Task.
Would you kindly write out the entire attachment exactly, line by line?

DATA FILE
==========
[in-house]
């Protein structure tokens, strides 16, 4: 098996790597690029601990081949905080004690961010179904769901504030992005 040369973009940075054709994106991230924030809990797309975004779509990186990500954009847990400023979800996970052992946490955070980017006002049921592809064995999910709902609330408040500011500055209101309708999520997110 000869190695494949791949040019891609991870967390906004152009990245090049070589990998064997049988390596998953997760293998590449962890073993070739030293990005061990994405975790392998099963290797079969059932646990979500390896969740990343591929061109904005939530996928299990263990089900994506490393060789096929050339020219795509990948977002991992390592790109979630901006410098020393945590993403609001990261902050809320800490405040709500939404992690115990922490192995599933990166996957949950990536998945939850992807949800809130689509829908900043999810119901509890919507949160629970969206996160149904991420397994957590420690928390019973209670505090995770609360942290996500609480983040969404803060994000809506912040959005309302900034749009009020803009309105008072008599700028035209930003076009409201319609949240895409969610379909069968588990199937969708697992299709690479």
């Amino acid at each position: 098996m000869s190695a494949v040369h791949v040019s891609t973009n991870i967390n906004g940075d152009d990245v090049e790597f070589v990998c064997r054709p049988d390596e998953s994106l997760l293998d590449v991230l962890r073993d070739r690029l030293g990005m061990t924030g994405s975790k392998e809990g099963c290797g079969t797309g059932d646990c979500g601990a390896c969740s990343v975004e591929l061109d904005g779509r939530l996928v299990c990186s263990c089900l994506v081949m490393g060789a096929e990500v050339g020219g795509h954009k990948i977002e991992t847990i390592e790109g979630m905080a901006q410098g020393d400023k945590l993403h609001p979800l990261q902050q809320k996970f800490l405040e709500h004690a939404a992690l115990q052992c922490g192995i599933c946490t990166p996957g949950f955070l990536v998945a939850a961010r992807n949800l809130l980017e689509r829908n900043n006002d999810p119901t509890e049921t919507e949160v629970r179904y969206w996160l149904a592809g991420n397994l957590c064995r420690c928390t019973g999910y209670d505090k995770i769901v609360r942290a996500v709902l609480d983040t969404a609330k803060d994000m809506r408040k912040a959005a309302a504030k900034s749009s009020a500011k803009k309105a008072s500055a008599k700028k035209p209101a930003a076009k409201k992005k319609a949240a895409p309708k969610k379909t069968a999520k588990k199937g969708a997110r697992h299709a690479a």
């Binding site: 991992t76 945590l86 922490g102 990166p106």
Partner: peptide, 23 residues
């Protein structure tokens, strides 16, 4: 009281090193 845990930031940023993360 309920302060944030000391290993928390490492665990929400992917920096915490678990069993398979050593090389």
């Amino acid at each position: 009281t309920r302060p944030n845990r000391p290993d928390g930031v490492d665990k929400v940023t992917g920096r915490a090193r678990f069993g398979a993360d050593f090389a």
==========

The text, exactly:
[in-house]
């Protein structure tokens, strides 16, 4: 098996790597690029601990081949905080004690961010179904769901504030992005 040369973009940075054709994106991230924030809990797309975004779509990186990500954009847990400023979800996970052992946490955070980017006002049921592809064995999910709902609330408040500011500055209101309708999520997110 000869190695494949791949040019891609991870967390906004152009990245090049070589990998064997049988390596998953997760293998590449962890073993070739030293990005061990994405975790392998099963290797079969059932646990979500390896969740990343591929061109904005939530996928299990263990089900994506490393060789096929050339020219795509990948977002991992390592790109979630901006410098020393945590993403609001990261902050809320800490405040709500939404992690115990922490192995599933990166996957949950990536998945939850992807949800809130689509829908900043999810119901509890919507949160629970969206996160149904991420397994957590420690928390019973209670505090995770609360942290996500609480983040969404803060994000809506912040959005309302900034749009009020803009309105008072008599700028035209930003076009409201319609949240895409969610379909069968588990199937969708697992299709690479």
């Amino acid at each position: 098996m000869s190695a494949v040369h791949v040019s891609t973009n991870i967390n906004g940075d152009d990245v090049e790597f070589v990998c064997r054709p049988d390596e998953s994106l997760l293998d590449v991230l962890r073993d070739r690029l030293g990005m061990t924030g994405s975790k392998e809990g099963c290797g079969t797309g059932d646990c979500g601990a390896c969740s990343v975004e591929l061109d904005g779509r939530l996928v299990c990186s263990c089900l994506v081949m490393g060789a096929e990500v050339g020219g795509h954009k990948i977002e991992t847990i390592e790109g979630m905080a901006q410098g020393d400023k945590l993403h609001p979800l990261q902050q809320k996970f800490l405040e709500h004690a939404a992690l115990q052992c922490g192995i599933c946490t990166p996957g949950f955070l990536v998945a939850a961010r992807n949800l809130l980017e689509r829908n900043n006002d999810p119901t509890e049921t919507e949160v629970r179904y969206w996160l149904a592809g991420n397994l957590c064995r420690c928390t019973g999910y209670d505090k995770i769901v609360r942290a996500v709902l609480d983040t969404a609330k803060d994000m809506r408040k912040a959005a309302a504030k900034s749009s009020a500011k803009k309105a008072s500055a008599k700028k035209p209101a930003a076009k409201k992005k319609a949240a895409p309708k969610k379909t069968a999520k588990k199937g969708a997110r697992h299709a690479a």
């Binding site: 991992t76 945590l86 922490g102 990166p106």
Partner: peptide, 23 residues
């Protein structure tokens, strides 16, 4: 009281090193 845990930031940023993360 309920302060944030000391290993928390490492665990929400992917920096915490678990069993398979050593090389």
């Amino acid at each position: 009281t309920r302060p944030n845990r000391p290993d928390g930031v490492d665990k929400v940023t992917g920096r915490a090193r678990f069993g398979a993360d050593f090389a």